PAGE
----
CH: If you didn’t do the work that was expected of you, how were you disciplined?
AS: I don’t know. My parents never hit us or that kind of thing. I think they just asked us to do it. Maybe growing up in a German home, we had a great deal of respect for our parents: we listened, we obeyed.
CH: So discipline wasn’t a great issue in your family? Everybody just sort of did whatever?
AS: Well – I mean, I’m sure at times we talked back to our parents; and, at least, [to] my mother I think I did. But, you know, I just think we were expected to do it and we did it.
CH: If there was any disciplining, was it different for boys than for girls?
AS: I don’t remember. I just think we were told to do something and we did it.
CH: Great. We’re moving into the segment called memories about school. Where did you go to school and how many years there?
AS: I went to St. Pius School in Schefield. I did all grades, one through eight. It was a school run by the School Sisters of Notre Dame. We were there a good 50 years. The school closed and it is torn down. And my only memory I have from there is a brick that I picked up a few years ago, yes.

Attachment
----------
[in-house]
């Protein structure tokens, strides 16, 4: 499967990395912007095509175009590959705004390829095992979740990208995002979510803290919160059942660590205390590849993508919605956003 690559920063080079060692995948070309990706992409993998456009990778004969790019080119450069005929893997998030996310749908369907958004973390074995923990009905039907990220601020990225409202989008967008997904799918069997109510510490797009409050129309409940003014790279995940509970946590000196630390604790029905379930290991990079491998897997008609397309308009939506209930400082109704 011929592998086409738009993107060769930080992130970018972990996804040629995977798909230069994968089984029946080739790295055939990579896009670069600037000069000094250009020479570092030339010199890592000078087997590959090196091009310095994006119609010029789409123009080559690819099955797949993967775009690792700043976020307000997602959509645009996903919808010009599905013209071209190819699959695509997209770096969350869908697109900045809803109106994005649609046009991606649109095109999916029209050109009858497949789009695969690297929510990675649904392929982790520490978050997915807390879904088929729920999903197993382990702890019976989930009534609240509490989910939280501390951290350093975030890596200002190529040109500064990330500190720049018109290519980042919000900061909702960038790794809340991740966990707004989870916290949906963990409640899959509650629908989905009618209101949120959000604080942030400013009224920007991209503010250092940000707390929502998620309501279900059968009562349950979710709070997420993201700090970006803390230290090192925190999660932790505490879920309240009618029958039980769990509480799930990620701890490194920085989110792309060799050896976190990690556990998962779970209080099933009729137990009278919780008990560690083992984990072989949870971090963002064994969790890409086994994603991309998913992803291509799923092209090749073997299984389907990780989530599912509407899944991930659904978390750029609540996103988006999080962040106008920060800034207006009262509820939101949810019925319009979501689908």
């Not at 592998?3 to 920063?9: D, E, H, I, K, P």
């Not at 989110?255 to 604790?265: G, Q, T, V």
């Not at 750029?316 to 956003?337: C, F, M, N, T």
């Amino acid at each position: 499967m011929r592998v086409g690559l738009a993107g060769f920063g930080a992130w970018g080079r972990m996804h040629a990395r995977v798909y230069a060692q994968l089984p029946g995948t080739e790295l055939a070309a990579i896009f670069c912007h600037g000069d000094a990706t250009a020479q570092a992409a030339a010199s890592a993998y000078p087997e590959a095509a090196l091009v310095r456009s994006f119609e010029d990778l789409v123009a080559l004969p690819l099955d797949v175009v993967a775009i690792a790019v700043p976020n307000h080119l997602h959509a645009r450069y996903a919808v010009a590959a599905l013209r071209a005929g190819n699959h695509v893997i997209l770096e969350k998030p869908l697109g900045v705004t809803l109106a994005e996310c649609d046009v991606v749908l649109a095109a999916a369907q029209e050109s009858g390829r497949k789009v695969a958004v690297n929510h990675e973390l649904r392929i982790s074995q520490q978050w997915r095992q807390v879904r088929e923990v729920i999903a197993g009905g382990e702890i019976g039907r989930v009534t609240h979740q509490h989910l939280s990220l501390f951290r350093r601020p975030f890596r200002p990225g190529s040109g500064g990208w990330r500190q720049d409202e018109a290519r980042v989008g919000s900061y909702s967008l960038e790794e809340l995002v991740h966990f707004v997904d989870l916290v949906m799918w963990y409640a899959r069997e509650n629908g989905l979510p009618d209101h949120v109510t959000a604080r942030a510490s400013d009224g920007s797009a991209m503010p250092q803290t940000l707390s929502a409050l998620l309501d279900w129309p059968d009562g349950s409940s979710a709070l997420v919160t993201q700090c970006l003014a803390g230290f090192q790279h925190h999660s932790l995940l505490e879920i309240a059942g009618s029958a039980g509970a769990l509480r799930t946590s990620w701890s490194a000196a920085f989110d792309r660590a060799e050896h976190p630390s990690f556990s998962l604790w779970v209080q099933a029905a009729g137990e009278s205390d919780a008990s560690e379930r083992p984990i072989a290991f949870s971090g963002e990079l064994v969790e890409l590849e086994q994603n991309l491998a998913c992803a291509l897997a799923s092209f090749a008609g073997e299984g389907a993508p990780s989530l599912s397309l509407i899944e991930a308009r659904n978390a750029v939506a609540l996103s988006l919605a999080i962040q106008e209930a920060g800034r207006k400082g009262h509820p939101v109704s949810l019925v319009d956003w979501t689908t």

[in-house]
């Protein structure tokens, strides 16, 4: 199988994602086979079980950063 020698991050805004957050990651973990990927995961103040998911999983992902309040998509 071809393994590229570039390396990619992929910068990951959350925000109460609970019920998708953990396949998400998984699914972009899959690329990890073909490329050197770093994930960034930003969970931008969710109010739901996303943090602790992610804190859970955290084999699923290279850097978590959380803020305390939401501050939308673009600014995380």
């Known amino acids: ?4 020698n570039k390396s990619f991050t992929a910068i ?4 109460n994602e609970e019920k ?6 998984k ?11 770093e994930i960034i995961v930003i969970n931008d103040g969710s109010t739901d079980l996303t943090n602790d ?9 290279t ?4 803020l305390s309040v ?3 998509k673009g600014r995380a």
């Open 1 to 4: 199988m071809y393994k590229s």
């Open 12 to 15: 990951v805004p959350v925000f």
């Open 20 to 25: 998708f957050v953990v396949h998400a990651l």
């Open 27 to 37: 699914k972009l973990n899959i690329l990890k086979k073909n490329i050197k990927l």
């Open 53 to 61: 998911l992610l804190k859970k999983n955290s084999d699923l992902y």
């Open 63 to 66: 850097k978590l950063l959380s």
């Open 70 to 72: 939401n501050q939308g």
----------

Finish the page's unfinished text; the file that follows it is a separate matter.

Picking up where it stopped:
CH: But you went all the way through high school? Right?
AS: No, the high school was closed before I ever got to high school there. So I came to Mankato and I went to our school here, four years of our girls academy, Good Council - Our Lady of Good Council Academy.
CH: So you were able to go to school the full term? You didn’t have to be staying at home to do chores or anything like that?
AS: No. My father, certainly – you know, he only went to third grade, because he had to help his parents. So he really became a self-educated man, a very wise man. My mother went to eight years and they went to the same school that I did.
CH: So your parents also went to St. Pius in Schefield. But, because of the early agricultural situation, your father would be called upon to work in the field?
AS: Right, so he only did three years.
CH: But that was also a Sister of Notre Dame School, even then?
AS: You know, I think so – I’m not real sure on that. That would be a piece of information I could research and put onto information that I would give you.
CH: Okay. Were their students of other nationalities at your school or was it completely a German-Russian community?
AS: German-Russian...probably some Bohemian, because my mother does have a little Bohemian blood in her.
CH: So you were from that Dickinson area were there where a lot of Bohemian-Germans?
CH: So more hyphenated Germans in your community?
AS: Right. Schefield, you know, is 25 miles southwest of Dickinson.